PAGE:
My Calderon Years

By on Sep 24, 2010 in Essays

Page 1 Page 2 Page 3 Page 4 Page 5

NYC skyline

During the course of that morning I met Jacques Haim, who filled an indeterminate role in the design room, his main qualification being that of a cousin of Murray Nathan. Ah, the joys of nepotism! Jacques Haim I remember as the one presence at Calderon who was totally inoffensive, a refreshing meadow of tranquility in that forest of big pricks. Jacques had a wife and kid and a house in the midst of New Jersey with a big, soft recliner, and that’s all he cared about. I guess Murray Nathan felt he could at least do no harm, as they say.

The same could be said for Nathan’s sister, whom I called Second-Hand Rose, and she looked the part. Rose was a good person to know, because she held the key to the storeroom that held thousands of discarded handbag samples, which were very expensive and desirable. For five or ten bucks, which went directly into her pocket, I could buy a discarded handbag sample that had cost hundreds or thousands of dollars to develop, only to be thrown in the junk pile if the department store buyers indicated that it didn’t mean anything that season. This resource fit in perfectly with my agenda of using fashion items to soften up females so that they would succumb to my advances.

The problem with my barter strategy is that New York women are a tough sell when it comes to exchanging merchandise for sexual favors. Not that they weren’t craven mercenaries. Obviously, cash works best. But women don’t like to feel that they are being discounted. Let me give you an example. Let’s say I worked on Wall Street, and I gave a girl a $500 handbag. She will immediately lie down, because the handbag represents $500 in real terms, plus the sentimental value of me going into a boutique and selecting it as a gift. Believe me, you don’t have to leave the price tag on. These girls are operating in multiple megabytes when it comes to calculating market value.

On the other hand, if she knows I’m in the handbag business, she’s going to deduce that I got the handbag on favorable terms, and she is going to be inclined to repay me in kind — nothing. She’ll tell herself, “If this guy thinks I am going to go down for him on the cheap, he’s craaaaazy!” Women figure that they are sitting on a potential fortune, which is why it’s better to go for a married woman, whose best asset is already somewhat depreciated, which is what I did. But more about that later.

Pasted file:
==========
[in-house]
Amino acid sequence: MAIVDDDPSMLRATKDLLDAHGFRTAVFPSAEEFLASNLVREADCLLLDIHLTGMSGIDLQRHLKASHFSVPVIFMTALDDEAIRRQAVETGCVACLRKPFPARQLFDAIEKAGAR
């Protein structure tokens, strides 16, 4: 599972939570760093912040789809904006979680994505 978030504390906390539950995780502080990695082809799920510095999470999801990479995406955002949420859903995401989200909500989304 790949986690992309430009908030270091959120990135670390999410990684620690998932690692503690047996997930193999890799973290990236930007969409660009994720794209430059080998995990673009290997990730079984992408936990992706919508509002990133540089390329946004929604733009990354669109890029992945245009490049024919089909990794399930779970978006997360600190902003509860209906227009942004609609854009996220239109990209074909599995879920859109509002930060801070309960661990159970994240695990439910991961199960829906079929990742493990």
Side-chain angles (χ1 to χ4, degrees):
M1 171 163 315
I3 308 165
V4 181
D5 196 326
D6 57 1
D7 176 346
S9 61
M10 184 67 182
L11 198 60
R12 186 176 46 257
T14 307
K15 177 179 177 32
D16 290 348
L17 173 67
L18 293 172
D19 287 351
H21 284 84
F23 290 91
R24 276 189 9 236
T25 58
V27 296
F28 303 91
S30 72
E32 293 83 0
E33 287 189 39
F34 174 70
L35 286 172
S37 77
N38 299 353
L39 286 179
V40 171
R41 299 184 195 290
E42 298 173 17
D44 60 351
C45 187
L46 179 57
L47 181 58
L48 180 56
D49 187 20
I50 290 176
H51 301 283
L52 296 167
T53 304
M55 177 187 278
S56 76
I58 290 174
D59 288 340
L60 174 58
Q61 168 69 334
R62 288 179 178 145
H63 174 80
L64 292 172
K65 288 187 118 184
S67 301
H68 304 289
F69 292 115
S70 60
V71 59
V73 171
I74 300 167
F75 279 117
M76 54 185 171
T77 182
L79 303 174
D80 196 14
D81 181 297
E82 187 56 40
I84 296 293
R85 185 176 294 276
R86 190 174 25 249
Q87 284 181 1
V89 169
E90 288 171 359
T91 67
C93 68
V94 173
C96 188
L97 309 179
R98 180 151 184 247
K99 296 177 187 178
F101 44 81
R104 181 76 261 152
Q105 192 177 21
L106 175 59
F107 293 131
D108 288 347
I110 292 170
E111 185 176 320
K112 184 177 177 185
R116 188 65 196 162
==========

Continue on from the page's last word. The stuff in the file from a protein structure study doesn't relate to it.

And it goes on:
I don’t know that Second-Hand Rose ever had a man. Certainly, she didn’t need any handbags. Spinster would not be too harsh a qualification to describe her physical attributes. With her comfortable sweaters and wild hair, she never got with the program. I could picture her in a cozy Manhattan apartment with some cats, and having drinks with other equally misfit old girls, who would honk at each other like geese. In fact, physical charm was not one of the characteristics that you would assign to anyone in the Nathan family or to the employees of Calderon. For a company that produced a line of luxury fashion accessories that graced the showcases of Saks, Neiman’s and Sakowitz and was featured monthly in the pages of Vogue, Bazaar and Vanity Fair, the owners and staff basically looked one step above Delancy Street fish market habitués. OK, to be fair, they most closely resembled the owners of the mom and pop notions shops that lined Sixth Avenue in the Thirties. You won’t read this in Vogue, but it’s true.

And the reason for it is that the Nathans did not start out at the high end of the market. If I correctly recall the story as it was recounted to me by leather cutter Walter Dooley, who had worked at Calderon when it was located in midtown, the Nathans started out as purveyors of cheap novelty items. Like, they had the license for Mickey Mouse. How about that? From Mickey Mouse, they rose to Anne Klein. They grew organically with the market. They went from cheap vinyl dime-store junk with little ducky patterns to exclusive cowhide, rattan, and snakeskin styling, and moved up from a sweatshop in midtown to a spacious, modern factory in a depressed area farther downtown.

But is was easier to upscale their line than it was to upscale their own personal style, and they remained a clan of dorky misfits. That is the story of New York fashion in a nutshell, and, more broadly, that is the story of New York in general: freakin’ Madoff and all those Wall Street big shots like Citigroup’s Sandy Weill, AIG’s Maurice Greenberg and Goldman Sach’s Lloyd Blankfein. Tons of money and no concept of class. One foot on a yacht and the other foot in a pickle barrel. But I only figured this out later.

Obviously, Calderon had grown so fast that the Nathans had felt compelled to bring in a real American manufacturing professional, Daniels, to keep it from spinning out of control the way Accessories By Pearl had (as evidenced by their very stupid hiring of me to run their cutting department, to give you the most obvious example). From what I could see with just my eyes, despite the global economic conundrum of the epoch, there was still continual heavy demand for luxury fashion accessories.

Page 1 Page 2 Page 3 Page 4 Page 5

Pages: 1 2 3 4 5


Dean Borok, a nephew of Saul Bellow, is the winner of the 2009 New York Magazine political fictions literary competition with his award winning short story "A Wall Street Christmas Carol". He operates an experimental comedy web site at